x Abu Dhabi, UAEMonday 22 January 2018

Call for 'three strikes and out' on UAE benefits for jobless who reject work

The unemployed should lose their benefits if they turn down three job offers, according to the head of an employment scheme run by the Ministry of Social Affairs.

DUBAI // The unemployed should lose their benefits if they turn down three job offers, according to the head of an employment scheme run by the Ministry of Social Affairs.

The Work is Life programme has met its targets in training unemployed Emiratis, but its head Mona Al Za'abi said progress was being blocked by the number of people who saw benefits as a inalienable right and who turn down repeated offers of work.

The federal programme has trained 300 Emiratis and provided vocational courses for a further 250, but has found jobs for only a few of the 15,000 who are on benefits but able to work.

Many will accept a job only if it is "prestigious", and routinely reject jobs with salaries up to Dh15,000 a month, Mrs Al Za'abi said.

"Much more needs to be done to shift these people from being dependent to active players in society."

The problem is particularly acute among women, who make up the majority of the 15,000.

"Their unwillingness derives from several reasons. There is a misconception of the value of work and a perception that benefits are a granted right that many see no reason to give up," said Mrs Al Za'abi.

"I have young women coming to me and saying, 'Give me a desk and computer and I will call this a job. I need prestige in a job otherwise I cannot accept it'.

"We found these women jobs as administrators in the metro section, in customer services, and jobs selling tickets in malls with salaries going up to Dh15,000 but they always come up with reasons not to accept them."

The programme tries to find women jobs in the emirate where they live to eliminate rejections on the ground that their families do not wish them to travel. However, sometimes women claim other social restrictions mean that jobs in malls and shift work are not suitable.

Mrs Al Za'abi said the success of the programme would continue to be compromised unless social benefits were suspended for anyone who rejected three suitable jobs.

"Suspending benefits would push people to be more active and not dependent. I personally think it is a good move and I know that there are reviews of social benefits laws but I am not sure if these changes are included. Maybe it is not a good move for the overall policy as there might be a bigger picture which I cannot see."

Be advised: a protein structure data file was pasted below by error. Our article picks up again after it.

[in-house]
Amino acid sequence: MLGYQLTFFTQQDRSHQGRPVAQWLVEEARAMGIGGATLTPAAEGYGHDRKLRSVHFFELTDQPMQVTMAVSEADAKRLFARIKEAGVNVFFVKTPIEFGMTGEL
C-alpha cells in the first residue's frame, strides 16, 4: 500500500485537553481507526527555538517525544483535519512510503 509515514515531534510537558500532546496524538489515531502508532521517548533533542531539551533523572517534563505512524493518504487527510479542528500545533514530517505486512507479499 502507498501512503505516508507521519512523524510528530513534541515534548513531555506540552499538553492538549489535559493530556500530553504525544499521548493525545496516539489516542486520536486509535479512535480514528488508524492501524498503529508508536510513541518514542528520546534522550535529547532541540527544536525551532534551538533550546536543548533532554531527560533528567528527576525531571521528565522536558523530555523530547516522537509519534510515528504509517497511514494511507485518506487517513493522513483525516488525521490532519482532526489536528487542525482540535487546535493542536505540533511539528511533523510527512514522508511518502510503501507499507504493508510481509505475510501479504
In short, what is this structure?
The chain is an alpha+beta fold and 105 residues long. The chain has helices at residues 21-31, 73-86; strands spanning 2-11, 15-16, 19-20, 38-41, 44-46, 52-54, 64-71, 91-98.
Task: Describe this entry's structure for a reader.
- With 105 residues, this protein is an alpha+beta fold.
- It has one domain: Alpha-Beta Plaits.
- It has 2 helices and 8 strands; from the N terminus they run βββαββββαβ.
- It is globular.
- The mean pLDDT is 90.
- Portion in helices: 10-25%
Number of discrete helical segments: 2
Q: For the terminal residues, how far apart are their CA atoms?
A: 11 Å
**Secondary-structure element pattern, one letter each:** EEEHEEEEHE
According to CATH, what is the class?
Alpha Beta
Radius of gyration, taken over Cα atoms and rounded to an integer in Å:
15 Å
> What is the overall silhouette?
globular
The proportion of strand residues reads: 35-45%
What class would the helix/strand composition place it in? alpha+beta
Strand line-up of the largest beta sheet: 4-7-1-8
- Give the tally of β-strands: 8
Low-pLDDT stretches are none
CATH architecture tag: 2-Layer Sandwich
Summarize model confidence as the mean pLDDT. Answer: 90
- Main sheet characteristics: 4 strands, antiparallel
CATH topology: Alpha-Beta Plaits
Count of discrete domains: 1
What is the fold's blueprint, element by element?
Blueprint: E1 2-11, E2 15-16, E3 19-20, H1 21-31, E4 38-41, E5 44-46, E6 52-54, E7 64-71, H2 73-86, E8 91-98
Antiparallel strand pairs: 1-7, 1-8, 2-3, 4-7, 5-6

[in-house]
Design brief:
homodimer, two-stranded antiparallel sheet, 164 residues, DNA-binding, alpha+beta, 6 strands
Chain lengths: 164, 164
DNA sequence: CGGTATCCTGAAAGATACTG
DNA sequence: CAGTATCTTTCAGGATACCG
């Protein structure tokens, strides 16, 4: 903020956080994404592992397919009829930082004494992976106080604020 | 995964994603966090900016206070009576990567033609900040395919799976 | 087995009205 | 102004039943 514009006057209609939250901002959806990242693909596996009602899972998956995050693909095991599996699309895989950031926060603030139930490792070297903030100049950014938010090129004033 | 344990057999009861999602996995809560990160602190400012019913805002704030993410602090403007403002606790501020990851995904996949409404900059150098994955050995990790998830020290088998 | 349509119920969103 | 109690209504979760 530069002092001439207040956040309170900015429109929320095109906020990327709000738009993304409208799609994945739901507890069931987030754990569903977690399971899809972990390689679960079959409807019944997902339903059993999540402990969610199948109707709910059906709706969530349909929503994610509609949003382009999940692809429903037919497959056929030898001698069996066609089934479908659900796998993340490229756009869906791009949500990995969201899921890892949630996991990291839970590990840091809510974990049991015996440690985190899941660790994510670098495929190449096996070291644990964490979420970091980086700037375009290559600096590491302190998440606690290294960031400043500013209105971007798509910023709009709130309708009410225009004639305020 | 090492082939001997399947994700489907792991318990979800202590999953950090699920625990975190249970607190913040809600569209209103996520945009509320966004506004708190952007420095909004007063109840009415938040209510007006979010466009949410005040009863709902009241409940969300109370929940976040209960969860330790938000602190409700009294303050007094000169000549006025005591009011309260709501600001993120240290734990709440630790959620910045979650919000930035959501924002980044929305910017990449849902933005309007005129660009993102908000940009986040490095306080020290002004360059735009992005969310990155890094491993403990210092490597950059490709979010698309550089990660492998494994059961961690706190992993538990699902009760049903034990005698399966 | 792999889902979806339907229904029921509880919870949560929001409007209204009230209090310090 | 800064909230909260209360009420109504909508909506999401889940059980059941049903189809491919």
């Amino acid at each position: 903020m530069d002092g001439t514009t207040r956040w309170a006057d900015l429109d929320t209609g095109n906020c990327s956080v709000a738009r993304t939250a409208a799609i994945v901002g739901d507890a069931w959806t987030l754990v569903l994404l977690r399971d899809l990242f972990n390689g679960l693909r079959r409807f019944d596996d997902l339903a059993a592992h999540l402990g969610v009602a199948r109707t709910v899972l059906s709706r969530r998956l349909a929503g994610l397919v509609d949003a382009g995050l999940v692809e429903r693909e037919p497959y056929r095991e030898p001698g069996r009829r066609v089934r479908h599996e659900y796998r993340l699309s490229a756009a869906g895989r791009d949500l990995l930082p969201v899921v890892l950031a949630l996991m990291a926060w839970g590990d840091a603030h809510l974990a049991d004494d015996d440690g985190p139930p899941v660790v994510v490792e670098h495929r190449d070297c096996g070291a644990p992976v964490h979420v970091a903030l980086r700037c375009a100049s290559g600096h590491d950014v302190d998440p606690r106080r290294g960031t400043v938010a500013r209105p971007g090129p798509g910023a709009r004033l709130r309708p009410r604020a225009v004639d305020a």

The programme has had some encouraging moments - such as a scheme to emiratise public school bus supervisor jobs by offering attractive salaries.

"The current salary of a bus supervisor is around Dh1,500. The idea was to offer Emirati women Dh6,000 plus benefits," said Mrs Al Za'abi. The programme attracted more than 100 applicants, but a Dh45 million deficit in the budget stopped it from going ahead.

Others blame the private sector for the low take-up of jobs.

Mariam Al Haj, a Work is Life supervisor, said the main hurdles facing Emiratisation were the low salaries of the private sector. "The programme has not yet reached its target and the main reason is the unwillingness of many employers to pay good salaries for Emiratis," she said.

"The lack of attractive salaries is the main reason for people in this category to reject a job. Many companies, especially those in the private sector, are not serious in their efforts to employ Emiratis."

The Work is Life programme has had some sucesses - among them Suhaila Saeed Abdullah, 25. Until two years ago Ms Abdullah was receving Dh4,400 on benefits and using it to support her parents and five siblings, as her father has been unemployed for as long as she can remember. Today she works as an administrator at the Ministry of Social Affairs, with a salary of Dh9,000 a month.

When she was contacted by the Work is Life project in May 2011 she didn't hesitate.

"When a day came when there were was no longer food at home and my younger siblings were sent to school without a penny, I realised that I had to find a job. The look of my mother in tears pushed me to it," she said.

Ms Abdullah doesn't mind that the job does not match her qualifications - she has a diploma in Business IT and is still studying part time for a degree in software engineering.

Apart from meeting her financial needs Ms Abdullah sees work and productivity as valuable in itself, and says it makes her feel empowered.

"I know that there are some who have diplomas and want to start on a managerial level, but I am different. Once again I say the journey of 1,000 miles begins with a single step."